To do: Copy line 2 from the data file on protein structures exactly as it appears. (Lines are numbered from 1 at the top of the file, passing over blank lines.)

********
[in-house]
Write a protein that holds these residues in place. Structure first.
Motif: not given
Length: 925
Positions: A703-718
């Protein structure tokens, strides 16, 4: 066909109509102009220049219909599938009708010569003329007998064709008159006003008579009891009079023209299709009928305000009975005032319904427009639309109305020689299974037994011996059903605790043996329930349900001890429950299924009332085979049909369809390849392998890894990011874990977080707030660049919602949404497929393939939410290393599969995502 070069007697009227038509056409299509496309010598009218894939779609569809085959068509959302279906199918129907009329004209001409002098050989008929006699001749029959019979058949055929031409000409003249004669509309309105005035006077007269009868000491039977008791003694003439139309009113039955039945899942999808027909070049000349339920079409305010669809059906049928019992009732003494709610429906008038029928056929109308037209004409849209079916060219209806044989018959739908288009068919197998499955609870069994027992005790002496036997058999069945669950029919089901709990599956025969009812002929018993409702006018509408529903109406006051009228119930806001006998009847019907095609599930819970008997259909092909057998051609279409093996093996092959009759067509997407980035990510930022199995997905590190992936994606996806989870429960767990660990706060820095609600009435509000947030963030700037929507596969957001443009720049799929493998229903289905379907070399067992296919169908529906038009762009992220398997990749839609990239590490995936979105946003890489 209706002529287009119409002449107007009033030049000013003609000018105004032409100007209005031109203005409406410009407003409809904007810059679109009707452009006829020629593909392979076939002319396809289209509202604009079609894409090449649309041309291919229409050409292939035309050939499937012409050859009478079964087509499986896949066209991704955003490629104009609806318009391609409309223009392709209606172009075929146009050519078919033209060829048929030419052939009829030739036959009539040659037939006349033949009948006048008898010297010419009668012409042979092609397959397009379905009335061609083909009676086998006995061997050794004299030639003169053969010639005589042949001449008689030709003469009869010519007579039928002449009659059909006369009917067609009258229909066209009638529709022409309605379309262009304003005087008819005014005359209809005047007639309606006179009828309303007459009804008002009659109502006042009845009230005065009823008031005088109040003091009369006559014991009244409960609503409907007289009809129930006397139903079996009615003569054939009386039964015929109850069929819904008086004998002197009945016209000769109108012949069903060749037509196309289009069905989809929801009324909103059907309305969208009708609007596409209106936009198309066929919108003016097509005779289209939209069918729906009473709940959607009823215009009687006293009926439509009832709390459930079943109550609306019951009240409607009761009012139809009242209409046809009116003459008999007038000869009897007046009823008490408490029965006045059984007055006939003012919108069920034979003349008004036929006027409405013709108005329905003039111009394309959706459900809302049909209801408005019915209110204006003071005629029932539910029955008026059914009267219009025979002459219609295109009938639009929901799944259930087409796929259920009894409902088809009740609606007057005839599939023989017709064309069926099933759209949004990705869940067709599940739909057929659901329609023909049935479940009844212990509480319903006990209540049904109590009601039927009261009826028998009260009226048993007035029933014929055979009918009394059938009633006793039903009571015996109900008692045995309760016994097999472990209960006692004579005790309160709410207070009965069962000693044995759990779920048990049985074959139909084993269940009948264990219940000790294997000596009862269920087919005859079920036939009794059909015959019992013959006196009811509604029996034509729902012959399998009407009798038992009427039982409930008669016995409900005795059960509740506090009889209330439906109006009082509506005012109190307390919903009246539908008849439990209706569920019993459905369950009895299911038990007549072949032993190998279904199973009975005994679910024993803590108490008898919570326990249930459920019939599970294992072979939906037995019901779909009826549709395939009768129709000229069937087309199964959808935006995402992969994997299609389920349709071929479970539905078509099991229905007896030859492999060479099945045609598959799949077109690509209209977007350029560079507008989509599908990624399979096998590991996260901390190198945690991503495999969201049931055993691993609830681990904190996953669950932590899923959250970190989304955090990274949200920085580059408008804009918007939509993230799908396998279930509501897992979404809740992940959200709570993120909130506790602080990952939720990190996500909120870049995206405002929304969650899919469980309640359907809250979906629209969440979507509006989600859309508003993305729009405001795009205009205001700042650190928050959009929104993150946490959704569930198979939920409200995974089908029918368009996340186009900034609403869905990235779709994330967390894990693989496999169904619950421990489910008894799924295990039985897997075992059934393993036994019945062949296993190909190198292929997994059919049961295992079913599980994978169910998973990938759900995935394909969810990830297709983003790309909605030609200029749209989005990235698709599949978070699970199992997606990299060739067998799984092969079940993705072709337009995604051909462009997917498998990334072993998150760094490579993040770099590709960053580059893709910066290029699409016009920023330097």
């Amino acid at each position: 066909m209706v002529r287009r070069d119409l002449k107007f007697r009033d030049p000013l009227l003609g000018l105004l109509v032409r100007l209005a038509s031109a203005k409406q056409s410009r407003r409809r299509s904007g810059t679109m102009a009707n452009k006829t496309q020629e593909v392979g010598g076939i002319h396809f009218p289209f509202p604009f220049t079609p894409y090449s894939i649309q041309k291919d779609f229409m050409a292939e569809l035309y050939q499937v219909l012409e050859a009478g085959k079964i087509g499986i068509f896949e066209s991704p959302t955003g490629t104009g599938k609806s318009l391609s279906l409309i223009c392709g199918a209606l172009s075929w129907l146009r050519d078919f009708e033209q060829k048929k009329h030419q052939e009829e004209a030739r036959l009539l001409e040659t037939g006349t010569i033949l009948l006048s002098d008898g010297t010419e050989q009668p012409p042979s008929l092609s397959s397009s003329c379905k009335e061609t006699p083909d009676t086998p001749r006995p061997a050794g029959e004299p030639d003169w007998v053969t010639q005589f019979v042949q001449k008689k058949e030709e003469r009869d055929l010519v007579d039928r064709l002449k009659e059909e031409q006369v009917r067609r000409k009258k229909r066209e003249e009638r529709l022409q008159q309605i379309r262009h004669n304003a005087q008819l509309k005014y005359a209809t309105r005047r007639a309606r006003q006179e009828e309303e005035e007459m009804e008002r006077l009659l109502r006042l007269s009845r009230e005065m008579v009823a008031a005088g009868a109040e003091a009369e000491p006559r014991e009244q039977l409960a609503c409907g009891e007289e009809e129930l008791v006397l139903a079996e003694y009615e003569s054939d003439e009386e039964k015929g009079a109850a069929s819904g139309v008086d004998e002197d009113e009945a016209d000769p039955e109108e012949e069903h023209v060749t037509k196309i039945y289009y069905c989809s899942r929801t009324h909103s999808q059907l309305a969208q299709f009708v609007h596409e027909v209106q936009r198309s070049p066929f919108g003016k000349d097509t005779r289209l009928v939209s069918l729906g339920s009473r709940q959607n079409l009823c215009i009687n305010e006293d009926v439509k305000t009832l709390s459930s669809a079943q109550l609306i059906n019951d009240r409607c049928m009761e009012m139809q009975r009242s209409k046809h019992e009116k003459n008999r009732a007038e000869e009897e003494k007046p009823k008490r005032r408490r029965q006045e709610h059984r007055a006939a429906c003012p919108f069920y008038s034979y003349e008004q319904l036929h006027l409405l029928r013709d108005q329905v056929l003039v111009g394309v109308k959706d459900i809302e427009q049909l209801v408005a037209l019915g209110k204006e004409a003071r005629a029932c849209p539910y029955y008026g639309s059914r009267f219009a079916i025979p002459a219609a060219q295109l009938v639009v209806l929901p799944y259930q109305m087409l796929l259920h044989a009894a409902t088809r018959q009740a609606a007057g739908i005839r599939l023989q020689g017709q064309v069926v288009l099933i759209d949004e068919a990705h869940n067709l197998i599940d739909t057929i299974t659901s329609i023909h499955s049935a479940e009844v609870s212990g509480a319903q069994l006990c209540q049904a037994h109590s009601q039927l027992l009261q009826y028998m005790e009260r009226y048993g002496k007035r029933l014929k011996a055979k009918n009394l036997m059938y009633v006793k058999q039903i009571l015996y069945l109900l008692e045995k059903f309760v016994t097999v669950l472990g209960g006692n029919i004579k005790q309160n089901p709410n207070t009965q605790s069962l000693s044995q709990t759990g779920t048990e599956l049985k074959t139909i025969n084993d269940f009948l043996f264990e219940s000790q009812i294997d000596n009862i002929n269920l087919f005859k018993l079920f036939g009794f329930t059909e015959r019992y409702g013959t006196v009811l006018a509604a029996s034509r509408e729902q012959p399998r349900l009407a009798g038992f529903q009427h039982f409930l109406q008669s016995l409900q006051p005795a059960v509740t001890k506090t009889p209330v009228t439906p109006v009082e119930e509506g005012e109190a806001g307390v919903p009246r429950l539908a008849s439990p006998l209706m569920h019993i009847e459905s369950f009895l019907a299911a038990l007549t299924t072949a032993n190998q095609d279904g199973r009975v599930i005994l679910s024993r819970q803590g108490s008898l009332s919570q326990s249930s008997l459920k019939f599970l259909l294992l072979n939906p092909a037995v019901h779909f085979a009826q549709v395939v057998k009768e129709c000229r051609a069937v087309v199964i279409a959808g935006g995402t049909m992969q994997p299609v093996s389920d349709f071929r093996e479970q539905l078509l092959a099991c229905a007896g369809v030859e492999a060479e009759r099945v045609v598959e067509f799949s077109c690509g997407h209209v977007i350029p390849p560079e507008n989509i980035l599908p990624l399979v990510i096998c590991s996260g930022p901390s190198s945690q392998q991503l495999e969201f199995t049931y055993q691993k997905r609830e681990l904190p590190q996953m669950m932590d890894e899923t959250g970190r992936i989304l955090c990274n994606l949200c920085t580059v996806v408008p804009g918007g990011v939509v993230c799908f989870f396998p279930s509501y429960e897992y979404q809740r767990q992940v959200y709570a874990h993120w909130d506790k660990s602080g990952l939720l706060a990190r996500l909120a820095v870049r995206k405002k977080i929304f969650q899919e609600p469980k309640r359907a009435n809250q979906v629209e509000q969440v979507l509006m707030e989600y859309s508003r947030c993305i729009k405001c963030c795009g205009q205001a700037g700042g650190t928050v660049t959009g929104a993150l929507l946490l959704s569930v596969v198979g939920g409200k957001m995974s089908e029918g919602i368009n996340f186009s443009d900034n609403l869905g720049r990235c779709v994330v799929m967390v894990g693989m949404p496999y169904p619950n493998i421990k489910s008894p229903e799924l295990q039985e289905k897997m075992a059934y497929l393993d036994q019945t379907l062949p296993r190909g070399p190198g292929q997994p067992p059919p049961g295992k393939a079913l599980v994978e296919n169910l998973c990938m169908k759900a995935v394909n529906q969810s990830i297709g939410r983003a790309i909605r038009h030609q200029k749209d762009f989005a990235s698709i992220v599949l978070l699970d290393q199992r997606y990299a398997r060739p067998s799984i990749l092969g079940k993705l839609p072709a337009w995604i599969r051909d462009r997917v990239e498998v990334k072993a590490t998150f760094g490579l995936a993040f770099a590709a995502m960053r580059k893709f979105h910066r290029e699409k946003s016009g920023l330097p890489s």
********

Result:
Write a protein that holds these residues in place. Structure first.